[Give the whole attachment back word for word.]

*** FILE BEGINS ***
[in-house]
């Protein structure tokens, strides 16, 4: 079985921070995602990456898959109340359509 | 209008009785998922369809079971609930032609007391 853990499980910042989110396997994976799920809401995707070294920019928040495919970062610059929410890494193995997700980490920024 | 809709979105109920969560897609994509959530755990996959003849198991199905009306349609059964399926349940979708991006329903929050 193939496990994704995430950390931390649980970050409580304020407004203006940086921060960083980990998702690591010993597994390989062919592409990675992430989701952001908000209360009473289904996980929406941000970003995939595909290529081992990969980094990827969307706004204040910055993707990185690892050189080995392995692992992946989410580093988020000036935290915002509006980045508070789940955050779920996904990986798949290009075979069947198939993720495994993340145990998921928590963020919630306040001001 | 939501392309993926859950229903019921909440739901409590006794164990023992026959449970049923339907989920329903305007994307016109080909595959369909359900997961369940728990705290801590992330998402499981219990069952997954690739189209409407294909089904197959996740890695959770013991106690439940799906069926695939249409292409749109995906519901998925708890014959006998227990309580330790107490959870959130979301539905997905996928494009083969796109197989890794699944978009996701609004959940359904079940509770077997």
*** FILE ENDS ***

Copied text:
[in-house]
């Protein structure tokens, strides 16, 4: 079985921070995602990456898959109340359509 | 209008009785998922369809079971609930032609007391 853990499980910042989110396997994976799920809401995707070294920019928040495919970062610059929410890494193995997700980490920024 | 809709979105109920969560897609994509959530755990996959003849198991199905009306349609059964399926349940979708991006329903929050 193939496990994704995430950390931390649980970050409580304020407004203006940086921060960083980990998702690591010993597994390989062919592409990675992430989701952001908000209360009473289904996980929406941000970003995939595909290529081992990969980094990827969307706004204040910055993707990185690892050189080995392995692992992946989410580093988020000036935290915002509006980045508070789940955050779920996904990986798949290009075979069947198939993720495994993340145990998921928590963020919630306040001001 | 939501392309993926859950229903019921909440739901409590006794164990023992026959449970049923339907989920329903305007994307016109080909595959369909359900997961369940728990705290801590992330998402499981219990069952997954690739189209409407294909089904197959996740890695959770013991106690439940799906069926695939249409292409749109995906519901998925708890014959006998227990309580330790107490959870959130979301539905997905996928494009083969796109197989890794699944978009996701609004959940359904079940509770077997």